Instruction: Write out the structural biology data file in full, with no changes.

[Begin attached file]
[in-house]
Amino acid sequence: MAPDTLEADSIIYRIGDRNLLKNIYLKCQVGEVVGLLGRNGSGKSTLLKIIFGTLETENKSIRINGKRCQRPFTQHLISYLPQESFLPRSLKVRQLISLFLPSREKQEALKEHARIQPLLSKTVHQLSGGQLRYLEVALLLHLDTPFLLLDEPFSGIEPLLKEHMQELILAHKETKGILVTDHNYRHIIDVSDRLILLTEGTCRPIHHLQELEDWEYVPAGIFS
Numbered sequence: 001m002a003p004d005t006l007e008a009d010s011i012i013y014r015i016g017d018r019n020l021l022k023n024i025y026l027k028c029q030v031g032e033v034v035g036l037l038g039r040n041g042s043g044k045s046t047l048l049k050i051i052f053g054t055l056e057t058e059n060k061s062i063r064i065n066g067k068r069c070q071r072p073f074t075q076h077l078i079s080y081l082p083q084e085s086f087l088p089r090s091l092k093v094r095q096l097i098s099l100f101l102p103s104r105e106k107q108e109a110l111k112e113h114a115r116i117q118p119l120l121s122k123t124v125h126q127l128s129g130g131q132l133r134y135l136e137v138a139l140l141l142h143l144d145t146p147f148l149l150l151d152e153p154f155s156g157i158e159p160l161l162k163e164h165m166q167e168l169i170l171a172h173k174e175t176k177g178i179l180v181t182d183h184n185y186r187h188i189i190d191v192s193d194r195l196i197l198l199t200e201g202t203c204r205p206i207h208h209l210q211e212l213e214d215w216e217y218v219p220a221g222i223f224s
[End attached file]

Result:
[in-house]
Amino acid sequence: MAPDTLEADSIIYRIGDRNLLKNIYLKCQVGEVVGLLGRNGSGKSTLLKIIFGTLETENKSIRINGKRCQRPFTQHLISYLPQESFLPRSLKVRQLISLFLPSREKQEALKEHARIQPLLSKTVHQLSGGQLRYLEVALLLHLDTPFLLLDEPFSGIEPLLKEHMQELILAHKETKGILVTDHNYRHIIDVSDRLILLTEGTCRPIHHLQELEDWEYVPAGIFS
Numbered sequence: 001m002a003p004d005t006l007e008a009d010s011i012i013y014r015i016g017d018r019n020l021l022k023n024i025y026l027k028c029q030v031g032e033v034v035g036l037l038g039r040n041g042s043g044k045s046t047l048l049k050i051i052f053g054t055l056e057t058e059n060k061s062i063r064i065n066g067k068r069c070q071r072p073f074t075q076h077l078i079s080y081l082p083q084e085s086f087l088p089r090s091l092k093v094r095q096l097i098s099l100f101l102p103s104r105e106k107q108e109a110l111k112e113h114a115r116i117q118p119l120l121s122k123t124v125h126q127l128s129g130g131q132l133r134y135l136e137v138a139l140l141l142h143l144d145t146p147f148l149l150l151d152e153p154f155s156g157i158e159p160l161l162k163e164h165m166q167e168l169i170l171a172h173k174e175t176k177g178i179l180v181t182d183h184n185y186r187h188i189i190d191v192s193d194r195l196i197l198l199t200e201g202t203c204r205p206i207h208h209l210q211e212l213e214d215w216e217y218v219p220a221g222i223f224s